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About The daily Nebraskan. ([Lincoln, Neb.) 1901-current | View Entire Issue (Nov. 14, 1902)
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THE DAILY NEBRASKAN
The Daily Nebraskan
A newBpaper devoted to tho Interest
of the University of Nebraska.
Published at tho
University of Nobraska.
THE HESPERIAN, Vol. XXXI.
THE NEBRASKAN, Vol. XII.
THE SCARLET & CREAM, Vol IV.
Entered at tho poatofllce at Lincoln,
Neb., an second claesa mail matter .
BubacrlDtle Price $2.00 per year.
Managing Editor. Robert T. Hill.
News. Editor John F. Tobln.
AdvcrtlBlng Manager P. P. Duffy.
R. A. McNown.
Wm. A Shock.
Carlton C. Wllburn.
C. C. McCune.
J. I). Rice.
John R. Render.
13. R DavlB.
A. I. Myers.
Circulator Fred K. Nielsen.
Ofllce Second floor Main ball.
Postofllce Address, Station A, Box 13.
The Week's Convocations.
The following is the program for
convocation hour for the ensuing
Friday-Football mass meeting.
The convex atlon period will be given
uj) this morning to the better organi
zation of the rooting squads. More ef
fective rooting must be done In tomor
row's game than was done last Saturday.
Several important games will be
played tomorrow and Nebraska is not
the only team that will have to work
hard to sustuined her reputation. Kan
sas will battle with the Haskell In
dians on their home grounds; Minneso
ta plays Wisconsin at Minneapolis,
Illinois .ill play the Ohio State Uni
versity at Columbus, Iowa and Wash
ington (St. Louis) will clash at Iowa
( ity, Michigan and Chicago will uwet
at Chicago, and Northwestern and
Iieloit will come together at Evanslon.
Two things are necessary in older
to win the game tomorrow. One re
quisite Is a good team, and the other a
well organized, scientific band of root
ers. The first we certainly have, but
we regret to state the second has not
thus far won any great amount of suc
cess. The trouble seems to be. not in tho
sl.e of the crowd, but in their unwill
ingness to proclaim themselves. Lead
ers who understand their business and
have the crowd under their control
should be able to accomplish much.
If you want to do your part in win
ning the game, you can't accomplish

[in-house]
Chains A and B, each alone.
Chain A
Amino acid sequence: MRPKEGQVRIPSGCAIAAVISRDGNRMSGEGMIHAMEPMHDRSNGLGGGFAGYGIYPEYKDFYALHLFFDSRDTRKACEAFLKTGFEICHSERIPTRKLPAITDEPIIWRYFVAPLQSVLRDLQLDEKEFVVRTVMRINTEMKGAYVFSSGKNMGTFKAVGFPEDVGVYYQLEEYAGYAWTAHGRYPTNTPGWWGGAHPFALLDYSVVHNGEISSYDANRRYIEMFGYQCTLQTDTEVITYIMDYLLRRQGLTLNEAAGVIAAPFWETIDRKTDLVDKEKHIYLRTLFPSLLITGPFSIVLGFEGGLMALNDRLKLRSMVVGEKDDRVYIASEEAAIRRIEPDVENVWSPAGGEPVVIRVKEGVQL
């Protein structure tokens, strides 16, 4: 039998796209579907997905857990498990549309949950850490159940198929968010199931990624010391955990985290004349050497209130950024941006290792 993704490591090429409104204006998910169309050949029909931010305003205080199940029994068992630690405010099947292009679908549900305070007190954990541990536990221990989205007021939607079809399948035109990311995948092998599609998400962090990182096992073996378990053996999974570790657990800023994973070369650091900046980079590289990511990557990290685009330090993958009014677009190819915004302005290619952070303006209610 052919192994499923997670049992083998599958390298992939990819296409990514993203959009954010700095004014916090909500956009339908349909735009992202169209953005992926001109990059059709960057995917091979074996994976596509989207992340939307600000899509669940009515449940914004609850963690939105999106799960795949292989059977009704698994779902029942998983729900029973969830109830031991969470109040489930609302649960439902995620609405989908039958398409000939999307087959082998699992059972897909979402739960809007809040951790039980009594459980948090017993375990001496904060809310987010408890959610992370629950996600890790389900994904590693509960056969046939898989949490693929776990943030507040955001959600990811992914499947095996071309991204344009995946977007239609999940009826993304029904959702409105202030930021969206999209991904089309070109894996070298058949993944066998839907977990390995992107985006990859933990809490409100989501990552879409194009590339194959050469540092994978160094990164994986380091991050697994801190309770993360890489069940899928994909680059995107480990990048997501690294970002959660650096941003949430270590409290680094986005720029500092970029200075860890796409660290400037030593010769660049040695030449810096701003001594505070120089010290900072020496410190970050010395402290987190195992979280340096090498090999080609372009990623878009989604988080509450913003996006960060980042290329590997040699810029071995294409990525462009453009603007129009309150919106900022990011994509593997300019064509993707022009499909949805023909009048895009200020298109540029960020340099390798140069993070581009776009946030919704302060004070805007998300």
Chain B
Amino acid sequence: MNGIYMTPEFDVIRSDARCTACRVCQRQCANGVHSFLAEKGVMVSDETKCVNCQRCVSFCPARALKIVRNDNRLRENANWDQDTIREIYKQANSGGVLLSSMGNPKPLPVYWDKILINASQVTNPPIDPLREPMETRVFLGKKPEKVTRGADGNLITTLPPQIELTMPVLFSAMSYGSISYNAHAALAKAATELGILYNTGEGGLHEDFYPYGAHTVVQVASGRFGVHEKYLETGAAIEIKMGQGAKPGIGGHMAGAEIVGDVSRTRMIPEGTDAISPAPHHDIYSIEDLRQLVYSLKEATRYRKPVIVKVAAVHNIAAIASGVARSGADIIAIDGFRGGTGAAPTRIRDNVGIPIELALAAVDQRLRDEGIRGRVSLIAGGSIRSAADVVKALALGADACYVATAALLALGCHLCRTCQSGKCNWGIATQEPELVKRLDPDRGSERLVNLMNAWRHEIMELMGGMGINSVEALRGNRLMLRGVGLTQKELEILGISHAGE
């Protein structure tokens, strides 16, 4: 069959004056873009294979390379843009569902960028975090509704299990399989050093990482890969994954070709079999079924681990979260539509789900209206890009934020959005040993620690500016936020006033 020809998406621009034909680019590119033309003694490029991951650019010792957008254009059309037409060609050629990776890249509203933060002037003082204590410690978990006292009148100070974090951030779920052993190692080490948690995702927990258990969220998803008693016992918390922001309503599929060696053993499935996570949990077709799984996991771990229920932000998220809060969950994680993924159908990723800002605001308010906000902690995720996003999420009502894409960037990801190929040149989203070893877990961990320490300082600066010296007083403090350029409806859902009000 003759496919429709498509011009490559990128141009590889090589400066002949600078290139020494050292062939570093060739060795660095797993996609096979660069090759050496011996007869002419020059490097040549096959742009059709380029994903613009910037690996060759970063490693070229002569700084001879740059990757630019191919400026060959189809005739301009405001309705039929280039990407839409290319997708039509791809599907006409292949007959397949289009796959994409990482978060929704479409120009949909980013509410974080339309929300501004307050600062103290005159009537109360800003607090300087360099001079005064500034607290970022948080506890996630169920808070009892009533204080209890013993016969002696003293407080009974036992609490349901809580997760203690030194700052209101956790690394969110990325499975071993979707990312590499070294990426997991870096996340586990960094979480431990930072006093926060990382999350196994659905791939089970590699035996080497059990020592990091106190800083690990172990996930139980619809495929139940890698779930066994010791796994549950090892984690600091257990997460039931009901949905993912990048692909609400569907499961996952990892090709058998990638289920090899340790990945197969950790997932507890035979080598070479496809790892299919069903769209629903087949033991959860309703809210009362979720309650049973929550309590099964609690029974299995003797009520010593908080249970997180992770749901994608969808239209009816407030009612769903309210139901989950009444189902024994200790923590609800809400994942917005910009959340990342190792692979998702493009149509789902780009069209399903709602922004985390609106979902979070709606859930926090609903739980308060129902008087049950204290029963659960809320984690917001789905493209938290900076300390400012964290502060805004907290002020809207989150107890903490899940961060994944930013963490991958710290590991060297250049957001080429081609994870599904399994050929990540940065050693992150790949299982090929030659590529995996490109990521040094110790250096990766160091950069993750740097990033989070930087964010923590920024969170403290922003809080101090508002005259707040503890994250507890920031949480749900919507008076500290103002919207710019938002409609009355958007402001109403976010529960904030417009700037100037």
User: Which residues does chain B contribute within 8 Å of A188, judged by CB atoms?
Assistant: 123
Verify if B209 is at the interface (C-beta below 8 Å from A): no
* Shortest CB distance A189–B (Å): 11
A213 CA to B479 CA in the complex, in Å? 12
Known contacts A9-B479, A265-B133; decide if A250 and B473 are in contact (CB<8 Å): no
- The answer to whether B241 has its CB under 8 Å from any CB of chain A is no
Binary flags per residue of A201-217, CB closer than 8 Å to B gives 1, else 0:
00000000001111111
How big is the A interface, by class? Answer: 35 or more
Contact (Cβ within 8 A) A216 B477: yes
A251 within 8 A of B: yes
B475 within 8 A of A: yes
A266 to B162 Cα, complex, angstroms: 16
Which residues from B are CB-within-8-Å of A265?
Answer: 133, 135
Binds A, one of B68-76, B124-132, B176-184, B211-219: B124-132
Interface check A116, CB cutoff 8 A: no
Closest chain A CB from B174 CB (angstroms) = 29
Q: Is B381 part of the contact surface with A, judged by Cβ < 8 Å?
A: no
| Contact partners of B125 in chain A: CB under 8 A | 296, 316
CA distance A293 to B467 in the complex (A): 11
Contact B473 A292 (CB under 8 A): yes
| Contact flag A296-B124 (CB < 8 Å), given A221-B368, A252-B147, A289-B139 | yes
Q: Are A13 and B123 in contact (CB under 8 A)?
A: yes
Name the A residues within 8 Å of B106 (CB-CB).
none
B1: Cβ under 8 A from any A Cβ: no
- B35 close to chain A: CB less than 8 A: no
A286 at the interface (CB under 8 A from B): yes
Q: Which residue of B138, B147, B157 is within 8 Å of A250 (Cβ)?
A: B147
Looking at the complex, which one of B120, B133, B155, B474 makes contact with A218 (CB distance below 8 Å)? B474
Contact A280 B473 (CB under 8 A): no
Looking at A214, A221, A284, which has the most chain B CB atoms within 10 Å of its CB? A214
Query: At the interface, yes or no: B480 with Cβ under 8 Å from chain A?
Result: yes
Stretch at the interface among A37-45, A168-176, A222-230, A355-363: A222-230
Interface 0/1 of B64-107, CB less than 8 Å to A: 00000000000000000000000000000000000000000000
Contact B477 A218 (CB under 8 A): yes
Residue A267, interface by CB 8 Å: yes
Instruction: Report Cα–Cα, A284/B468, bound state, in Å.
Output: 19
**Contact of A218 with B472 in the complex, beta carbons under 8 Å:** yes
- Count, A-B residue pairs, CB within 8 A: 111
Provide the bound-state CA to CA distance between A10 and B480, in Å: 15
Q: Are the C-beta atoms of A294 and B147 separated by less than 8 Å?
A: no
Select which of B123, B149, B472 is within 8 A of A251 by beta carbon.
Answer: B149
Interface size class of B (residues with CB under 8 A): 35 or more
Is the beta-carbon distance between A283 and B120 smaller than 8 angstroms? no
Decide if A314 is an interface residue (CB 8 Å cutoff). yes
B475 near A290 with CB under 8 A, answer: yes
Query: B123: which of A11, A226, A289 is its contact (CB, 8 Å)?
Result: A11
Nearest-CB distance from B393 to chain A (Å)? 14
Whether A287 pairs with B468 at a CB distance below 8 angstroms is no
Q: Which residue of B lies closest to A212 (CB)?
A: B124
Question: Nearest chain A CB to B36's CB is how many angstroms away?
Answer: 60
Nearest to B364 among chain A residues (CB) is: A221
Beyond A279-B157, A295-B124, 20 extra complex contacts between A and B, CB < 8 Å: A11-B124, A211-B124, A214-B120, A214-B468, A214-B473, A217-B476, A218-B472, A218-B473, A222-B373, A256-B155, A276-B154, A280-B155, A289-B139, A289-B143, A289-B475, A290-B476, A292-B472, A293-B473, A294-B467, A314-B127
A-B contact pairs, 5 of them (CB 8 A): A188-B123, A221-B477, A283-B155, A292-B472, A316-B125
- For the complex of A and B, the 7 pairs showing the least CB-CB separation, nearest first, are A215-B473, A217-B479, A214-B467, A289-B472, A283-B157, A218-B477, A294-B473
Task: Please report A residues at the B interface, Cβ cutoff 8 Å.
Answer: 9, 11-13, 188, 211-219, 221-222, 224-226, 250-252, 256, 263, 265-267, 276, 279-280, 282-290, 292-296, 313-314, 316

anything by merely sitting on the
bleachers. It is your duty to yell, and
yell you must if Nebraska is to win
The regular leaders will be in their
places in front of the bleachers on the
cast side of the field. If you havn't
a megaphone get one and come out and
help make a noise. Yell when your
leader gives the signal, and at other
times save your breath. The leaders
will tako care to give the signal at the
right time and you will have plenty
of opportunity to exercise your lung
Encourage the team by watching the
practice and cheering when good plays
The classes, seem to be unusually
slow In settling the hat or cap question.
Uy this time of tho year something
definite should be known as to what
the (lasses expect to do along this
One of the most commendable re
cent moves Is in the direction of hold
ing Inter-class debates. The Senior and
Junior academics will pave the way.
This might be followed by other com
binations. Since class football has
been more or less a failure this year.
It Is a good thing to have something
whlc h can rightly take Its place.
The worst has finally happened to
some students who have succeeded thus
far in escaping drill. Tho hand of
the law has descended with the result
that the cadet battalion will be in
( i cased in numbers. A large number
of men have managed In the past to
get out of drill, but the law now has
been laid down, and all must drill the
Y.M. C.A. Concert.
I overs of music will have the rare
treat of hearing the Mabelle Crawford
company of Chicago. The entertain
ment is to be held in the First Bap
tist church on "Friday night. November
21st, at 8-30 p. m. Professor Kimball
of the University Sc1kk)1 of Music had
engaged them for bis annual concert,
which he expected would take place